After nearly 45 years of service to the nation, Coast Guard Cutter Dallas has been decommissioned. We’ve shared with you stories from their last patrol, tales from the chief’s mess and even a note from the cutter’s last commanding officer. Dallas has seen thousands of men and women aboard its decks, so it seems no finer way to end our coverage of Dallas’ legacy than by sharing one last story from a Dallas sailor.
Written by Petty Officer 1st Class Karl Niedermeyer, Coast Guard Cutter Adak and prior Coast Guard Cutter Dallas crewmember.
As I read the articles about Coast Guard Cutter Dallas’ decommissioning, I can’t help but feel a little bit of sadness in my heart. I remember choosing Dallas as I prepared for graduation from Boatswain’s Mate “A” School, having never even seen a 378-foot cutter before and only knowing a hand full of people who had ever even been on one. I remember feeling very excited when I first came aboard in Guantanamo Bay, as if I could take on the whole world. I was eager to learn and wanted to be the best petty officer 3rd class on board. Even tailored annual cutter training wasn’t that bad! Eventually though, as with nearly everything, the novelty began to wear off as my learning curve became steeper than I had imagined, a matter that was only made worse by a chief petty officer who held me to a very high standard and pushed me hard to live up to that standard.
In my closing months aboard Dallas I continued to work hard, but was ready to leave and never wanted to sail another big boat again. I remember saying good bye to everyone and then watched her pull away from Pier Papa to go out on patrol as I went to pre-deployment training. I drove over to Sullivan’s Island, S.C., and stood on the beach watching her sail away as I waived good bye with a cold beer in my hand. I was happy to leave to do other things, but I was also sad to be leaving so many friends and shipmates behind. I thought mostly of the ports that I would miss, the drug busts that I would never see, the qualifications that I had yet attained.
Flashback-like memories raced through my head giving me the vision of walking out of the athwart ships passageway door on the main deck just after securing from the special sea detail on the first day underway and looking forward to see the bow slowly rising and falling with the swells; or picking up bales of cocaine, running on turbines through 15-foot seas for 36 hours; wearing firefighting equipment getting my butt kicked by the damage control chief petty offficer and boatswain’s mate chief petty officer; seeing Capt. Finch relaxing in his chair on the port bridge wing just at 7 a.m. on his final patrol; and many other fond memories.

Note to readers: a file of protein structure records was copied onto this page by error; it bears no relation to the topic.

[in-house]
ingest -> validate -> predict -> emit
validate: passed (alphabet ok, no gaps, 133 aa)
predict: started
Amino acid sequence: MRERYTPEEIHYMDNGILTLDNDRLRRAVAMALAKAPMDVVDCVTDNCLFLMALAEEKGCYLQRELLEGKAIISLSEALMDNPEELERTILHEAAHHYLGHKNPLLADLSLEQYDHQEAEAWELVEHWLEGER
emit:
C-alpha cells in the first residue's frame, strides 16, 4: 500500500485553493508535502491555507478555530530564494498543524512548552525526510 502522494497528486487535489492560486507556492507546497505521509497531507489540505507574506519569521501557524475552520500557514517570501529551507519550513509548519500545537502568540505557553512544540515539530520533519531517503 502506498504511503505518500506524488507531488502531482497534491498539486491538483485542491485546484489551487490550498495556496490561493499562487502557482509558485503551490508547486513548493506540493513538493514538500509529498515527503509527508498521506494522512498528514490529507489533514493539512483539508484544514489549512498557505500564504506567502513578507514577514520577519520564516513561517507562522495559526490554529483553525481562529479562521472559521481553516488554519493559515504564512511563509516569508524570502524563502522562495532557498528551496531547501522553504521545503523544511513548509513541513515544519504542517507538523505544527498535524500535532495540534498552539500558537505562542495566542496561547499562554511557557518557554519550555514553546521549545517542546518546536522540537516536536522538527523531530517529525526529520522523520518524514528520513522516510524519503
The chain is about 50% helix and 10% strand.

I don’t think that I will ever forget the day that I received my orders to depart Dallas and report to Aquidneck, I was grinning from ear to ear! I was in the aviation shop doing equipment inspections with Seaman Miholics when I opened my email to see a message from “DO NOT REPLY…”
My jaw dropped. I opened the email and the attachment to see the orders. “Now, set flight quarters condition one….” was piped over the ship’s communication system and as people poured into the equipment room to get their gear I continued to go on and tell every soul who walked through that door that “I’m outta here!”
The executive officer came through the door and asked, “What’s all the noise?” “I got orders to the Aquidneck in Bahrain! I’m outta here!”
The executive officer said with her dry sense of humor, “I’m going to have to work on my recommendations,” and left.
She was kidding of course as her recommendation was positive and having come from being executive officer of Patrol Forces Southwest Asia she supported my desire to go there.
I realized what had happened around me during my year and a half aboard Dallas. I started to grow an understanding of things. Chief Petty Officer Green continually selected me for positions of greater responsibility. Just over a year after leaving Dallas I heard that she was on a four-month trip to the Mediterranean Sea, Black Sea and Red Sea and I began to acknowledge my first feelings of regret for leaving her.
I think about what other people must have experienced on her: the Vietnam patrols, the Mediterranean patrol in 2003, the responses to mass exodus’ from Cuba and Haiti, the recovery of Challenger, the trips to Europe and other parts of the globe that I have never heard stories about. We all gave Dallas our sweat and blood, but it is that sweat and blood that made her one of the most noteworthy hulls of the Hamilton class. She held together through thick and thin because of her crews. As her decommissioning as a U.S. Coast Guard cutter is here, I am sad to see the cutter go.
But I know that even as part of the Philippine Navy, the Dallas will continue to carry on her legacy of Semper Nostra Optima: Always Our Best.